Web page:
Intel Corp suffered its largest-ever quarterly loss and said it would remain in the red as it prepares for the market recovering from the sharp fall in personal-computer sales that hammered its business.
Sales fell to a level not seen since 2010. Intel on Thursday posted revenue of $11.7 billion for the first quarter, above estimates from analysts surveyed by FactSet. That marked a 36% decline from the prior-year period.
Shipments of PCs, which drive a large share of Intel’s revenue, fell 29% year-over-year in the first quarter, according to International Data Corp. figures, extending a slump that began early last year. Consumers rushed to buy computers, smartphones and other electronics at the beginning of the pandemic, spurred by the shift toward remote learning and working. That reversed last year as people returned to prepandemic routines.
Intel’s PC-chip division reported a 38% fall in revenue for the first quarter to $5.8 billion. However, Chief Financial Officer David Zinsner said the market was on course to return to normal later this year once PC makers run through excess inventories of chips and start placing new orders.
Intel’s sales slump translated into a $2.76 billion loss for the first quarter. It was the company’s second loss in a row and eclipses what had been its largest loss of $687 million, booked in the final quarter of 2017. And Intel said it would likely post another loss in the current quarter.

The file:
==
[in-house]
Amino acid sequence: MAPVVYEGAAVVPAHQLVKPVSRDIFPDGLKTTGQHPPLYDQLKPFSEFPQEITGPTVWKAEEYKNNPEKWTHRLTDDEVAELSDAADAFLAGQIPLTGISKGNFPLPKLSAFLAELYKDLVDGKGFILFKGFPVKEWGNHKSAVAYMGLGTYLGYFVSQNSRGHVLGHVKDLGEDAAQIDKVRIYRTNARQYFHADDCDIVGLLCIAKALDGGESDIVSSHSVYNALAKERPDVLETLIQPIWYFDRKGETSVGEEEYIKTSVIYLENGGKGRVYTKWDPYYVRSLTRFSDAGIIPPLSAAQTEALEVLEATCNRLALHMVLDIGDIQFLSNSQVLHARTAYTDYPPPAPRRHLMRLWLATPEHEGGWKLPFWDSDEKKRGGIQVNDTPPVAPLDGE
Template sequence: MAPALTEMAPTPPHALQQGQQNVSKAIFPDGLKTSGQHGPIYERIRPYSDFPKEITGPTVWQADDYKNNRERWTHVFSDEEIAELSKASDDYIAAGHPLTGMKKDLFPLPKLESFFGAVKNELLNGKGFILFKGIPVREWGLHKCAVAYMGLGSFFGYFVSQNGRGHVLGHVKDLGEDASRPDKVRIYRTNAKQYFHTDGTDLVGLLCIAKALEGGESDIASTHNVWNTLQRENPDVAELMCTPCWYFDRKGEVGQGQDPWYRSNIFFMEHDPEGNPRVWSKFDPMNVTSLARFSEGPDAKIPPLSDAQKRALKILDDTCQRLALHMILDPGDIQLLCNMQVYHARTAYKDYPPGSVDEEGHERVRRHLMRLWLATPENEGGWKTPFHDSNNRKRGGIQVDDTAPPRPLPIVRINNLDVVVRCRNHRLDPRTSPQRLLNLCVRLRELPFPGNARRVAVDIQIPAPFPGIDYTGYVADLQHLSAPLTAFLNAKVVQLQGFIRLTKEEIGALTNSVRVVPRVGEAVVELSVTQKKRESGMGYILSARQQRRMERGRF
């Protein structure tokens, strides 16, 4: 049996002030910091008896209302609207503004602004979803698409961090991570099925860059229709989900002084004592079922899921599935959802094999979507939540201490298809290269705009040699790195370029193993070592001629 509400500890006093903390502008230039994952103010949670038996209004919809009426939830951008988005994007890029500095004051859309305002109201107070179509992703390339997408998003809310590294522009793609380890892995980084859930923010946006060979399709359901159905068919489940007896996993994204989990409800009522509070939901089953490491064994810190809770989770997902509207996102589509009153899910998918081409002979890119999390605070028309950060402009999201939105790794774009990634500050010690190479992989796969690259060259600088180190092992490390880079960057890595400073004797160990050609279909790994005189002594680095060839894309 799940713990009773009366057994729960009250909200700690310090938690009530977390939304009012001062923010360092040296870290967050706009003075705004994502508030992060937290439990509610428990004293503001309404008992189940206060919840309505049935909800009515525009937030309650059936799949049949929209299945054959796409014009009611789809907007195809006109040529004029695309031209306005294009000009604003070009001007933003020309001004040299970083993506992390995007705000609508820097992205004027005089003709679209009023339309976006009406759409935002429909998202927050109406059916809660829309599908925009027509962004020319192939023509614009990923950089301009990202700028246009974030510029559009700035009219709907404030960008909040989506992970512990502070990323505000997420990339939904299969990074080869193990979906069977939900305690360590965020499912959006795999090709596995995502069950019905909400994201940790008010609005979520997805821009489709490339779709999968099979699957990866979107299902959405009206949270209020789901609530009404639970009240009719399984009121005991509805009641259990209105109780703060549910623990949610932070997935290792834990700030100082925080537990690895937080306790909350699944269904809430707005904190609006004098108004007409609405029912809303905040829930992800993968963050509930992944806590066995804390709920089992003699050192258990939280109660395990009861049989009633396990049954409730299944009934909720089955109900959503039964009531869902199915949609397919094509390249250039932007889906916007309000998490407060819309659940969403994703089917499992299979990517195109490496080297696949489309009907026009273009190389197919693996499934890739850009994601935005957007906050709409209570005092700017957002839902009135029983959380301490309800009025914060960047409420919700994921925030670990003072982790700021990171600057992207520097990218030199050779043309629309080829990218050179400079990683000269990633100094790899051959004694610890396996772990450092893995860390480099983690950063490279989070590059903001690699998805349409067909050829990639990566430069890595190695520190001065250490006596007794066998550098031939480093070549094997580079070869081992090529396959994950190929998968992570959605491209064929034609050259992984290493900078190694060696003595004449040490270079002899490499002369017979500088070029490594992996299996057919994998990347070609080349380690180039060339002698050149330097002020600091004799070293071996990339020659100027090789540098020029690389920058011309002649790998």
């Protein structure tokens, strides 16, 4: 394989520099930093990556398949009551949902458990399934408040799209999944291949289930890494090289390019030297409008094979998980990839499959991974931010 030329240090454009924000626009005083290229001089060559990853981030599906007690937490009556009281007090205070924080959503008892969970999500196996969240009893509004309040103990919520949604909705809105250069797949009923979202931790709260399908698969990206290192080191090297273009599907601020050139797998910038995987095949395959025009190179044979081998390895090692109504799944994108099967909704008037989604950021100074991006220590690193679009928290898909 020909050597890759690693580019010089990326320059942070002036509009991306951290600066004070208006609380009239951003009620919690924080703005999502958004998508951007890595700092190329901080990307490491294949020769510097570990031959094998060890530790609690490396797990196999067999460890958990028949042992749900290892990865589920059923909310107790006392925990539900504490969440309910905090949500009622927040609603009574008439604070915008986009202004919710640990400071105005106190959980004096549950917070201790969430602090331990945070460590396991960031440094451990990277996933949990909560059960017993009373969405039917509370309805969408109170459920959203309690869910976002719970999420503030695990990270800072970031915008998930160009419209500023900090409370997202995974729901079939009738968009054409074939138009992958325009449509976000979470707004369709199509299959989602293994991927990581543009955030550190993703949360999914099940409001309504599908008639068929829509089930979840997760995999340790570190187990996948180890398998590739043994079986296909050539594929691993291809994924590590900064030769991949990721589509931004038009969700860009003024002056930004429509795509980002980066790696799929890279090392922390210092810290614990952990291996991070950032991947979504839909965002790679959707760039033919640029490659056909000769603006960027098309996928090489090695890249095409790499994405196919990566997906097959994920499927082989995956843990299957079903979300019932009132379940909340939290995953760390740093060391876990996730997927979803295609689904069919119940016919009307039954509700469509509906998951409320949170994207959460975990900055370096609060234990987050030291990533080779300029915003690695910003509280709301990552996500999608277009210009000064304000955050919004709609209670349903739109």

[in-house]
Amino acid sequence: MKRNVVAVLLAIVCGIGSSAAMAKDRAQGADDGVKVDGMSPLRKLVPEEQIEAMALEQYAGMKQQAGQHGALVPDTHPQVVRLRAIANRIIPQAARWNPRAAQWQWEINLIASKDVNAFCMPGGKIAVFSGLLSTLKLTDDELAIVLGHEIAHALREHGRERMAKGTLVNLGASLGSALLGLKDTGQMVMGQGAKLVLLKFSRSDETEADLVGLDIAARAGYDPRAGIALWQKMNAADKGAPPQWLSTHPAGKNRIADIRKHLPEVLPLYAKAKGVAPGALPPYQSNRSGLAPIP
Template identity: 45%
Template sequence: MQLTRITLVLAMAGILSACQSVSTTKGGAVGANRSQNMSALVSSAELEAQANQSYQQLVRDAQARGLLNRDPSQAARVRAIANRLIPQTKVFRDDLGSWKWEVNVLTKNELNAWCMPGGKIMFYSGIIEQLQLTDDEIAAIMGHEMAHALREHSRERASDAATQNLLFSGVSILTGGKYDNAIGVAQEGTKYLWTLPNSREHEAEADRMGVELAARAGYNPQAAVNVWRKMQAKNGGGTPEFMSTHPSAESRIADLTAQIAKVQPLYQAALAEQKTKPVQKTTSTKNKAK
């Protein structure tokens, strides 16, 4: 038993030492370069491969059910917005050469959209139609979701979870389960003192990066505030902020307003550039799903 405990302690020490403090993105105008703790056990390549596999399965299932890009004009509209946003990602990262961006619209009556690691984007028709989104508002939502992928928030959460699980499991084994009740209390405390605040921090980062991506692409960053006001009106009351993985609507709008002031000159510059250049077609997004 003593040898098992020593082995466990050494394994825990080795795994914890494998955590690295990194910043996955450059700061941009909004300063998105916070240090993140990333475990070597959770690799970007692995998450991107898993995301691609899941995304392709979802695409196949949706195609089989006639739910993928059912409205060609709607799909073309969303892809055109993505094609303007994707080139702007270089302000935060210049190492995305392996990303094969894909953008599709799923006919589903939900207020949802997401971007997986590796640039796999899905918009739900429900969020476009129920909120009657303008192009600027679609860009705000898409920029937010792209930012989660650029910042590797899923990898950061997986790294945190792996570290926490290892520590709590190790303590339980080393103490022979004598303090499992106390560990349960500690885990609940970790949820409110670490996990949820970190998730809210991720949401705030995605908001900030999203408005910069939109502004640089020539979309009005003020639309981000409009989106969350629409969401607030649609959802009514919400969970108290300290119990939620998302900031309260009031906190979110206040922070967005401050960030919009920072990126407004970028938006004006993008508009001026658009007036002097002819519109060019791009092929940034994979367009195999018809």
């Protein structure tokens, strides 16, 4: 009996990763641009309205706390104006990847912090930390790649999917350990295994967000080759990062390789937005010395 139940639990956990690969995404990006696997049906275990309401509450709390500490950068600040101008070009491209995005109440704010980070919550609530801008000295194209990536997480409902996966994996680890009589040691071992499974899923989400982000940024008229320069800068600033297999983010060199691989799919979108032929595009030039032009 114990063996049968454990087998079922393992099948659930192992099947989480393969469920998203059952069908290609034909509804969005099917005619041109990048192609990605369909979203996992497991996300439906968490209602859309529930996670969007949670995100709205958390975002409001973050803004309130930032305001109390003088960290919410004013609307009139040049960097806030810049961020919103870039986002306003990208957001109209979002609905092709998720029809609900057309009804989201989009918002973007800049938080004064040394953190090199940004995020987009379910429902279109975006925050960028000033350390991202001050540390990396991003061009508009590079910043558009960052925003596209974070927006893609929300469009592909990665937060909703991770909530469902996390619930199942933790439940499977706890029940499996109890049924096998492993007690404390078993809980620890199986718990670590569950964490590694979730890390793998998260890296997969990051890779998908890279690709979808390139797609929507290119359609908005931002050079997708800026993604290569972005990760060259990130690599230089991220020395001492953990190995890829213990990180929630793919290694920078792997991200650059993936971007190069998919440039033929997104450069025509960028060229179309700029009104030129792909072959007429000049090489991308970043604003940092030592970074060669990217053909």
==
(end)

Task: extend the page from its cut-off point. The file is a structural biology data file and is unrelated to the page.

The company projected sales in the current quarter of $11.5 billion to $12.5 billion, though still well below the year-earlier figure. The midpoint of the forecast came in slightly ahead of Wall Street estimates.
The company’s shares rose more than 5% in aftermarket trading.
Intel is planning hundreds of billions of dollars of investments in new factories, in part to support its new contract chip-making arm. To adjust to the downturn and help pay for those efforts, the company has slashed projects and divested some of its businesses. It has also entered into an unusual financing arrangement with Canada’s Brookfield Asset Management Inc. where the companies are splitting the cost of a $30 billion factory expansion in Arizona and Brookfield is to receive a share of its revenue.
The company is aiming to wrap up a second such financing deal connected to other factories this year, Mr. Zinsner said Thursday.
Intel also has indicated it would aim to secure large grants from the U.S. government under the $53 billion Chips Act, designed to foster the growth of domestic chip making after the industry’s flight to Asia in recent decades. That money could defray the cost of Intel’s factory projects in Arizona, Ohio and elsewhere.